Two paintings by Gauguin suspected of being forgeries in major American museums


The hunt for fake Gauguins has only just begun. After a good catch in January, Fabrice Fourmanoir, passionate collector, has just come across two exceptional prey: L’Invocation and Women with a white horse, exhibited respectively at the National Gallery in Washington and the Museum of Fine Arts in Boston. The paintings are supposed to have been made by the French master in 1903 in the Marquesas Islands, a few months before the artist’s death, which Fabrice Fourmanoir questions.

According to his words reported in the Washington Post , the paintings would have been ordered and sold by Gauguin’s art dealer, Ambroise Vollard, in the 1900s. The Parisian would thus have benefited from a sudden demand for the painter’s work.

His doubts are taken seriously by American museums, because the collector, without institutional baggage, has experience in tracking down false Gauguins. In January, the amateur sleuth, revealed that the sculpture The Marquesan Idol from the Getty Museum in Los Angeles was a fake. The museum had bought it for over $ 3 million and eventually had to downgrade it. A first for a painting by such an important painter.

Clues in the works

To back up his recent assertions, the Gauguin enthusiast details inconsistencies in the paintings. In the Washington Post, he questions in particular the cross overlooking the village of the Marquesas Islands in the background of L’Invocation, while the painter was not on very good terms with the Catholic bishop of the area. He also believes that the naked woman, in the foreground, is «disgracieuse» and “vulgar” and that Gauguin would not have represented her with his pubic hair.

In 1977, an art critic of the Washington Post, Paul Richard, had also expressed doubts about this canvas, lending him “Curious flaws” : “His brush is clumsy, his colors muddy, his young South Sea girls, crudely drawn”, he wrote. “And L’Invocation was by another painter, its authenticity could be called into question, because it seems a curious pastiche of images derived from the first works of Gauguin. “

The white cross presents in the background of L’Invocation strangely reminiscent of that represented in Women with a white horse. Reused patterns that could be the work of non-inventive counterfeiters. Bridgeman Images/Leemage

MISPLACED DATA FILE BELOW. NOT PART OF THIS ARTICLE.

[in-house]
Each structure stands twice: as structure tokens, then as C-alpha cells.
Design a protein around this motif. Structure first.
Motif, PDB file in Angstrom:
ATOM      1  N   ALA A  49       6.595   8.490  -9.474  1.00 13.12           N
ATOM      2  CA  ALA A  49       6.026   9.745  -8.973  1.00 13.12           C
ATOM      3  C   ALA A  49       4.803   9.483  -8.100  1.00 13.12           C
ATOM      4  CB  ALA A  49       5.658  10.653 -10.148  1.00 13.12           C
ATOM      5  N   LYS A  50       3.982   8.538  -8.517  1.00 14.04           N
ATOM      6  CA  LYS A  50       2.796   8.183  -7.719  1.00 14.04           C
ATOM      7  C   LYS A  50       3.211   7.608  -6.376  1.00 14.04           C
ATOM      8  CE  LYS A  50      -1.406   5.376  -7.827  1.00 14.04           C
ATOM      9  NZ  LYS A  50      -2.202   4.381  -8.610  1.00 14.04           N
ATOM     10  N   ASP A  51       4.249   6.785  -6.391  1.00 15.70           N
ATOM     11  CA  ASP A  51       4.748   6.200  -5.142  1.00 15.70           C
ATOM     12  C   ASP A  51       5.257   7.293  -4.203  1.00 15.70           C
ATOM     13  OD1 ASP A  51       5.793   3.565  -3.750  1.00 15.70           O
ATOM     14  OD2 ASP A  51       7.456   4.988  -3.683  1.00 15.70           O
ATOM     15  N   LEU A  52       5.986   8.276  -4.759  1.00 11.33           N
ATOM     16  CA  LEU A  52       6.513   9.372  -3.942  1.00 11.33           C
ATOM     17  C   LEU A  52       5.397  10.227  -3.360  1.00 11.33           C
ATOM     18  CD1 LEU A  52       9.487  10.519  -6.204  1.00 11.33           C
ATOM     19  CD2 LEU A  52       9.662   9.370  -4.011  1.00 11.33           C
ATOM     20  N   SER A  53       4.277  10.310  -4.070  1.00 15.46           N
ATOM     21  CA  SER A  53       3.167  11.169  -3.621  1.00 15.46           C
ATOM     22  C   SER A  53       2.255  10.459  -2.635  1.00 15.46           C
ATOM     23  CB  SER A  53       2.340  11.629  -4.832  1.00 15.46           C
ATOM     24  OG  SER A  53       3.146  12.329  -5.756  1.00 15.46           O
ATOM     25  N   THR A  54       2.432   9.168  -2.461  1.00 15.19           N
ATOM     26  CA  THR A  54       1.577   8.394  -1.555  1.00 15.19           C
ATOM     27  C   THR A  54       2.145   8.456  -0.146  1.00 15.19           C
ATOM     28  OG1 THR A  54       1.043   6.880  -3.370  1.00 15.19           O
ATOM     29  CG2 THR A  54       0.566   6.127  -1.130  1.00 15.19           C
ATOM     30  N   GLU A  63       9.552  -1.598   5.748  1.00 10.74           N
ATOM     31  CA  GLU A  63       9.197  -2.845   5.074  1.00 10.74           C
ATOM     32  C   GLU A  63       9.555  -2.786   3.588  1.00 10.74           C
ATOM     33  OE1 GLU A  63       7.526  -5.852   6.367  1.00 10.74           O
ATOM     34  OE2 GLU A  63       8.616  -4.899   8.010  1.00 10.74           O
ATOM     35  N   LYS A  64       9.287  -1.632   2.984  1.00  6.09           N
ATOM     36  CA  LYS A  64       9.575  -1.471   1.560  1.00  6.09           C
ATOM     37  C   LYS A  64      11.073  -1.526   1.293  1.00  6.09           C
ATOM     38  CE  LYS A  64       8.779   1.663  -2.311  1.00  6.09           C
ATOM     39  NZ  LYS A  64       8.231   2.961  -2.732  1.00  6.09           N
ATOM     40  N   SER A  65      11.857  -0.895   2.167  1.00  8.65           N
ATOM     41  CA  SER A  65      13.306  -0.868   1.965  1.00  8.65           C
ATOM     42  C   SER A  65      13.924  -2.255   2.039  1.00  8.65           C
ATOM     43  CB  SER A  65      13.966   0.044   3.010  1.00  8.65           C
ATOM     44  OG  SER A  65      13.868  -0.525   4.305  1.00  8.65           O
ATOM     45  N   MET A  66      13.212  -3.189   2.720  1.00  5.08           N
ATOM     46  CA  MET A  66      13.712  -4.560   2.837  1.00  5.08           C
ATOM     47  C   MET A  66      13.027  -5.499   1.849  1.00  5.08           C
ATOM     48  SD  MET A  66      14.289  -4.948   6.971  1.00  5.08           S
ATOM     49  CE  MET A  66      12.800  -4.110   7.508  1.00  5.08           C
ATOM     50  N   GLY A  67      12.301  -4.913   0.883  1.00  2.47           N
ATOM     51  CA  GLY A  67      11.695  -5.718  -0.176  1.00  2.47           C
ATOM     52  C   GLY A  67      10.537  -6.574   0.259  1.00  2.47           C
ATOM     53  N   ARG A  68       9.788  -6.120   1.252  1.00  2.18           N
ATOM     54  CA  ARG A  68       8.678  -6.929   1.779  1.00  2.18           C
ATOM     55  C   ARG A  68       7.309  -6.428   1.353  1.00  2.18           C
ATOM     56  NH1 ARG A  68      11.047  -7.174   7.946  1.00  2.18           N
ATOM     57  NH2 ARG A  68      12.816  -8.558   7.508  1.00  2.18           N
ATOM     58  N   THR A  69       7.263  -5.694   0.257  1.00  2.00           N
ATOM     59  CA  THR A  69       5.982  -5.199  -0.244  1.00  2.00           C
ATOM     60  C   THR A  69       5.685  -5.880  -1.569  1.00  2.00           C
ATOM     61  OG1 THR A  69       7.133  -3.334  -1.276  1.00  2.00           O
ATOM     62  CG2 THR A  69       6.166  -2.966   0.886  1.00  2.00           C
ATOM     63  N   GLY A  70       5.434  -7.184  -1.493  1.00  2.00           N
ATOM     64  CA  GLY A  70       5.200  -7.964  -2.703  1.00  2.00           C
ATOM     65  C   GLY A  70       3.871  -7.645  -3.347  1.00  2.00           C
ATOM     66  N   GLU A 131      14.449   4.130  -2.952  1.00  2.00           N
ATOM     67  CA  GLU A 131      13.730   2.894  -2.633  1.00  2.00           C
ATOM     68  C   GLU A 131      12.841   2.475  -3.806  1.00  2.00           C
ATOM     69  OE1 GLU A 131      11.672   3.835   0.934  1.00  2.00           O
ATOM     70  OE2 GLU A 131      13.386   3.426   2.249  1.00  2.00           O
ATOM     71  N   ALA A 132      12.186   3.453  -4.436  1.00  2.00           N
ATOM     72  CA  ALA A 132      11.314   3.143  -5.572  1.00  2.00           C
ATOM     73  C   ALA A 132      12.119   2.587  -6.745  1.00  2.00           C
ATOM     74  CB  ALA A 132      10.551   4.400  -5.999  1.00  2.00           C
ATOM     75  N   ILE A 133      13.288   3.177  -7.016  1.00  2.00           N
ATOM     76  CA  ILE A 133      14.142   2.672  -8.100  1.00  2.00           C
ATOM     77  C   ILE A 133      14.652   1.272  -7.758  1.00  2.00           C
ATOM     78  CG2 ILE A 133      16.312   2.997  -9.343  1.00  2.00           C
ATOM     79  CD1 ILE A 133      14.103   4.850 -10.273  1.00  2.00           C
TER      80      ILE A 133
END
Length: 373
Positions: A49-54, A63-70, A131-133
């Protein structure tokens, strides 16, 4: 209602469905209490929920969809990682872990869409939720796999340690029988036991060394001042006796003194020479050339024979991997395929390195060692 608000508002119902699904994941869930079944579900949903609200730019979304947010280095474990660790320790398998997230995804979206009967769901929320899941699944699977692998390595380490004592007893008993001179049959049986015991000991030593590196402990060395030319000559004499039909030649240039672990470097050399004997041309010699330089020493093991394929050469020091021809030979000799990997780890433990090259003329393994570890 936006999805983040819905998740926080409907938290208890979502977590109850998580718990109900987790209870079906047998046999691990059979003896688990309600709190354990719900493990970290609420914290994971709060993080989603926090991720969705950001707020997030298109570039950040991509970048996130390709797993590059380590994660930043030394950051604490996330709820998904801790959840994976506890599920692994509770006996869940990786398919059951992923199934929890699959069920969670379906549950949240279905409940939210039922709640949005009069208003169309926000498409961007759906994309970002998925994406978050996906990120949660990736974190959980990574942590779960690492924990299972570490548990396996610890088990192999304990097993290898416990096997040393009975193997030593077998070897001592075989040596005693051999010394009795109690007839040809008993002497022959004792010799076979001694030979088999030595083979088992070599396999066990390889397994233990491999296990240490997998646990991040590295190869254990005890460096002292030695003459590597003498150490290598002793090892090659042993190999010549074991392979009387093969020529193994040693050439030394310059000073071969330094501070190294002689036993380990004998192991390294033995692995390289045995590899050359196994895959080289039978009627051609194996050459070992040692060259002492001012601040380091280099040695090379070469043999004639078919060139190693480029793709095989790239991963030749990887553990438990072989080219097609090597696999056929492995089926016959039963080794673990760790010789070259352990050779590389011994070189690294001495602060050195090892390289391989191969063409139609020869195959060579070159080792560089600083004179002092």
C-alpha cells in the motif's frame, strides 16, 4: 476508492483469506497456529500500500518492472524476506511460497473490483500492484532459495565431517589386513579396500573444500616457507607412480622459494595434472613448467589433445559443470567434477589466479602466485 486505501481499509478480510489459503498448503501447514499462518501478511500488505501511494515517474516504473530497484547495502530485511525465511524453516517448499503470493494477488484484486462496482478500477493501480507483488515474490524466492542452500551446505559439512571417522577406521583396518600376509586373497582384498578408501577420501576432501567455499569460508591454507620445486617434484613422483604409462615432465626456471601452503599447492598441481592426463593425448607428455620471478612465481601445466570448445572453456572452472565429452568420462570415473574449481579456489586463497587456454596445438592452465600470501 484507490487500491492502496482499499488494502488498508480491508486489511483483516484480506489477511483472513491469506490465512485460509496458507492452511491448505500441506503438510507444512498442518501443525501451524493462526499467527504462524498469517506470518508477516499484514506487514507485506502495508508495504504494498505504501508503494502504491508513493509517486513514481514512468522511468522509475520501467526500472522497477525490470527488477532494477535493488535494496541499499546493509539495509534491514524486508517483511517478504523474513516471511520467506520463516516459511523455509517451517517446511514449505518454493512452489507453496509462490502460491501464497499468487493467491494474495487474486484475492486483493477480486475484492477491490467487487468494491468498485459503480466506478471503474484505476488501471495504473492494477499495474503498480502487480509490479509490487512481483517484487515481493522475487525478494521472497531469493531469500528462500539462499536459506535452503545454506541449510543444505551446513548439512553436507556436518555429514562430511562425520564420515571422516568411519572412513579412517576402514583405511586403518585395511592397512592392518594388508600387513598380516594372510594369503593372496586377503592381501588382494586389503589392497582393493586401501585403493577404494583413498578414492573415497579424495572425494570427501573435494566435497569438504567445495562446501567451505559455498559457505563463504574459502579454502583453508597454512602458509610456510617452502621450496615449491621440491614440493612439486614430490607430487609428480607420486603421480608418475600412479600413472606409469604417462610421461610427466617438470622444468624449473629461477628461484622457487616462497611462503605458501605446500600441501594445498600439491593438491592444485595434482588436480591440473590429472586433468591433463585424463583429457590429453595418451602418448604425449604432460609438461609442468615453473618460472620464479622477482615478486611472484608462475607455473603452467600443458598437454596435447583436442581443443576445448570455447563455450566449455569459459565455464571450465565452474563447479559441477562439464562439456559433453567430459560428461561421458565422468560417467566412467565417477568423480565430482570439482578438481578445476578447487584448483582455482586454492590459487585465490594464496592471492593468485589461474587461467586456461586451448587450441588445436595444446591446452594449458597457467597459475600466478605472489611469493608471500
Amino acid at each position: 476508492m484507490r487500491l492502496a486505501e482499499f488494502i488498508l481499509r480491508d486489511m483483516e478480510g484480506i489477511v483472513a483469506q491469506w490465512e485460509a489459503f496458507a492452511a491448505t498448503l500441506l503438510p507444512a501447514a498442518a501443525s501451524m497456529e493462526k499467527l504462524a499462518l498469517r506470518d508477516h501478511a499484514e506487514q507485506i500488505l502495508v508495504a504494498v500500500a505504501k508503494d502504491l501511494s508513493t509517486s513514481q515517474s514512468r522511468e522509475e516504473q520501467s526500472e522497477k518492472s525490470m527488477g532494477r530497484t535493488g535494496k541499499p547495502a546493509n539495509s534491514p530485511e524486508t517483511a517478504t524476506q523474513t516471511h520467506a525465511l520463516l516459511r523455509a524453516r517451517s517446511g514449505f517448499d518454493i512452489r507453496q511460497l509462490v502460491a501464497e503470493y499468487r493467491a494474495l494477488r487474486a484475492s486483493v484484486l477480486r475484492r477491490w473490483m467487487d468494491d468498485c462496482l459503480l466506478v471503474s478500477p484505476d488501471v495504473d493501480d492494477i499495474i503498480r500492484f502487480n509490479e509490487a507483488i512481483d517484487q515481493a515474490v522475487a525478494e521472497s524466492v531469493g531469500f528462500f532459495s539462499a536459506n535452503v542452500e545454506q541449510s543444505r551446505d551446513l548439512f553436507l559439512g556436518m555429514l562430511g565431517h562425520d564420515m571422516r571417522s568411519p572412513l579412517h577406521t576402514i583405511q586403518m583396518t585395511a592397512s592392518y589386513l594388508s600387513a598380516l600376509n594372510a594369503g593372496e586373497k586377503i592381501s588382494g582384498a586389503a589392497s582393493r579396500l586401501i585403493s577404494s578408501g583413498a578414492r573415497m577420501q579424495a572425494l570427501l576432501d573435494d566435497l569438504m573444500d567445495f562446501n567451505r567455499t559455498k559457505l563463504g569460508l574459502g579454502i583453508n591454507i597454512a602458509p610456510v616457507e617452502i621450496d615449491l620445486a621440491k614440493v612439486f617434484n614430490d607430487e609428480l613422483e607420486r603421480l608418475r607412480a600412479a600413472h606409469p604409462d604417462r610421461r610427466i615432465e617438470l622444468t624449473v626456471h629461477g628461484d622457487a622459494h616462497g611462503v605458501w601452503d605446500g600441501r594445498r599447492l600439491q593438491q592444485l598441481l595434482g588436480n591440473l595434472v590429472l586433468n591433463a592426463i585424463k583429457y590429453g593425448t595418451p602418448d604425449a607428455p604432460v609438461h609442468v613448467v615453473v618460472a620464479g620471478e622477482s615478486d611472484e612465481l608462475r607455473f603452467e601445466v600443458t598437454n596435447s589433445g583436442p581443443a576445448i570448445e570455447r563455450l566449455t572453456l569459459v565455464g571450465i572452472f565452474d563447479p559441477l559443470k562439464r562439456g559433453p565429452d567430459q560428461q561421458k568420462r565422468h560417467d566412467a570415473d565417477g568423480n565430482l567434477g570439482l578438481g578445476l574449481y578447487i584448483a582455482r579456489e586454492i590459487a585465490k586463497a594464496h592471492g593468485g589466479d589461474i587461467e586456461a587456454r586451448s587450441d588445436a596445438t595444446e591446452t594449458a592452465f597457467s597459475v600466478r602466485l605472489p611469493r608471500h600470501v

In Women with a white horse, it is the vegetation that poses a problem for Fabrice Fourmanoir. It would be characteristic of Tahiti, more than of the Marquesas according to the self-proclaimed expert who lived in Polynesia. His passionate eye also notes the extreme lightness of the post-Impressionist painter’s signature.

These observations are questionable, but which are not overlooked by museums. Women with a white horse was bequeathed to that of Boston in 1948 and L’Invocation was donated to the National Gallery in 1976. But their origins can hardly be proven.

“We take attribution and provenance very seriously and have carefully considered L’Invocation, by discussing with academics and including it in research projects, says Anabeth Guthrie, spokesperson for the National Gallery at Washington Post. Gauguin’s latest work presents special challenges – he was often ill and lived in the Marquesas – and there is little reliable documentation of his production there.», She admits before adding that the two museums were discussing new scientific analyzes of the works in question.

Perhaps Fabrice Fourmanoir will have new downgrades to his list of fraud hunter. In addition to these two charges, the collector claims that all of Gauguin’s works made in 1903 (i.e. 13 canvases exhibited in museums around the world) are fakes. According to him, that year the painter was not in a position to make masterpieces because of eye problems and bodily injuries. The hunt for false Gauguins is well and truly launched.


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